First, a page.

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February 12, 2024

What Items Does Goodwill Not Accept: Unacceptable Donations Explained

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When deciding to declutter your home and give back to the community, Goodwill often comes to mind as a destination for donated items. However, before loading up your car with goods, it’s essential to know that Goodwill strives to take in only what can be useful for others. As such, there are specific items they are unable to accept, mainly for safety, legal, or sanitary reasons. From hazardous materials to large appliances, taking a moment to understand Goodwill’s donation guidelines can save you time and effort. On occasions where you find items that Goodwill won’t accept, you might consider alternative disposal methods. One such option is utilizing a residential dumpster rental, providing a practical way to handle larger volumes of waste that are not suitable for donation. By doing so, you ensure your items are disposed of responsibly, while also making a difference with the donations that Goodwill can accept.

Key Takeaways

  • Goodwill does not accept certain items due to safety, legal, or sanitary concerns.
  • Consider a residential dumpster rental for disposing of items that cannot be donated.
  • Understanding Goodwill’s guidelines ensures a smoother donation process.

Goodwill Donations

General Overview of Unacceptable Items

When considering donating to Goodwill, it’s important to know which items they cannot accept. Your donated items should always be in a condition that allows them to be resold or repurposed, benefiting both the community and Goodwill’s mission. However, for reasons such as safety, legality, sanitation, and environmental concerns, certain items are not suitable for donation. Items generally not accepted include:
  • Hazardous materials: Chemicals, paint, or anything flammable.
  • Personal care items: Used cosmetics or personal hygiene products.
  • Mattresses and box springs: Due to sanitary laws and potential for infestation.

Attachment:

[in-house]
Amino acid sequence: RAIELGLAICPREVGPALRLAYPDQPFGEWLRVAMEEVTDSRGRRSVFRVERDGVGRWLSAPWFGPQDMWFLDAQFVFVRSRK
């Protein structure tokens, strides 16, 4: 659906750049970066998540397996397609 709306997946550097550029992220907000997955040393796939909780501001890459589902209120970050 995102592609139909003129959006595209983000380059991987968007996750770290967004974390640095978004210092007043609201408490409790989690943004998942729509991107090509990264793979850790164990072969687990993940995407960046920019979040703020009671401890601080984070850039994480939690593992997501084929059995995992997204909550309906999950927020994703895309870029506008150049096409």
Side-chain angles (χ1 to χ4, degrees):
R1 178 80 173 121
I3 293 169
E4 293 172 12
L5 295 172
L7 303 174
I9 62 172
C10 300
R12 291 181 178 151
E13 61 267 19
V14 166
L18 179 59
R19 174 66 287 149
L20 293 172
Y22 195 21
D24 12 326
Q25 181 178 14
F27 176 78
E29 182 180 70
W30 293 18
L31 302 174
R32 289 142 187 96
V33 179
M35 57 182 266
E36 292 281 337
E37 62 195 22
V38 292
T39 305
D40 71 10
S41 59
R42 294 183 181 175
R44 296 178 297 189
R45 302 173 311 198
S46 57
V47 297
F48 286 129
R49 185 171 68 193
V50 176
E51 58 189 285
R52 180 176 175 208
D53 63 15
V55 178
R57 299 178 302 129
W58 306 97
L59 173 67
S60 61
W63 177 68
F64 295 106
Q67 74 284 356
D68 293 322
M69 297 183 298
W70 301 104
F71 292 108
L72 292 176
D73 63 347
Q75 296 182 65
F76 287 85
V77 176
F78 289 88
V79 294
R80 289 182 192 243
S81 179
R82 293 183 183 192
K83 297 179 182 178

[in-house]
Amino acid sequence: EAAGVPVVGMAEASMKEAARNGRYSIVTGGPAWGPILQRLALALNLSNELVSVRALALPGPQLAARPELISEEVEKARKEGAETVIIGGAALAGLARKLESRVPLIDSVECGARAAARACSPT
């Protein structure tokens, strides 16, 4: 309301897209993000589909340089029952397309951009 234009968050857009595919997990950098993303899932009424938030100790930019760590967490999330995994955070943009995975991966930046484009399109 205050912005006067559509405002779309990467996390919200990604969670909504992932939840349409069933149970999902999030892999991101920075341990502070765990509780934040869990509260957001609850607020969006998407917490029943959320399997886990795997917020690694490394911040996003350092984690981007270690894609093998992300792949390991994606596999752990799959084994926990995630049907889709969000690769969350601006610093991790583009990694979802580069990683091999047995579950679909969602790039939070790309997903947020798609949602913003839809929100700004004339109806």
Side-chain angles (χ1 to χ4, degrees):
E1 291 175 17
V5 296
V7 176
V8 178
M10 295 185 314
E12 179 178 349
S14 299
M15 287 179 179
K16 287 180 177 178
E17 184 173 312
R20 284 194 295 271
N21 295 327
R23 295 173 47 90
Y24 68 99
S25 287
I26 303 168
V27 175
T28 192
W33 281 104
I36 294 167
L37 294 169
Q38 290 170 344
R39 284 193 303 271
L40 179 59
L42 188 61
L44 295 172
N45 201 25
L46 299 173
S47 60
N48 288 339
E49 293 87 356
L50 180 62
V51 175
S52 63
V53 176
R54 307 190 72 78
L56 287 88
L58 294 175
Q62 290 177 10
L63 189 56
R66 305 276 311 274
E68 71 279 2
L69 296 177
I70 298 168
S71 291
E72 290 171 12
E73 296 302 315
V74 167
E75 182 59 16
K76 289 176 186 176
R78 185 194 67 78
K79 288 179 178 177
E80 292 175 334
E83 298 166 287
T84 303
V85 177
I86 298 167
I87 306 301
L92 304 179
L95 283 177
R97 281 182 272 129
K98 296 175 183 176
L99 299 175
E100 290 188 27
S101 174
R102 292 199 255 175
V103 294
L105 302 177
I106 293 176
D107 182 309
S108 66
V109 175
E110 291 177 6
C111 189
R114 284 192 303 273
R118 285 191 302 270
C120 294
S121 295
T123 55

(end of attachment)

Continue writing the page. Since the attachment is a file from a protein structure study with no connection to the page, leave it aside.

Goodwill is unable to accept large appliances, including refrigerators, stoves, and washers and dryers. This is due to the complexities of testing, repairing, and reselling these items which are often sizeable and heavy. Furniture: Items that are broken, worn, torn, stained, or have animal hair are not accepted. This also extends to disassembled or incomplete furniture sets, as these are challenging to sell. Large items over 50 lbs pose logistical issues and therefore might be declined. Additionally, certain baby gear such as car seats and high chairs, often can’t be accepted due to safety recalls and liability issues. For more detailed information on specific items, Goodwill provides guidelines on donations to help you determine what can and can’t be accepted. By ensuring you’re only donating acceptable items, you play a crucial role in supporting Goodwill’s efforts to empower individuals and build stronger communities.

Hazardous Materials

When donating to Goodwill, you must exclude hazardous materials due to safety risks and regulatory prohibitions. These items are also unsuitable for disposal with your home dumpster rental.

Flammable Products

Goodwill cannot accept items that are inherently flammable. This includes items like:
  • Aerosol cans: Regardless of content, whether empty or full.
  • Certain cleaning agents that may contain combustible elements.
Flammable materials pose a fire hazard and cannot be processed safely by Goodwill staff or equipment.


Donating products labeled as chemicals is not allowed. Examples include, but are not limited to:
  • Household cleaners
  • Pesticides
  • Paints: Including cans of house paint, automotive paint, or other types of finishes and varnishes.
Chemicals can cause harm if they leak, spill, or mix with other substances.


Batteries of any kind, especially car batteries, are on the list of items Goodwill cannot accept. Here’s why: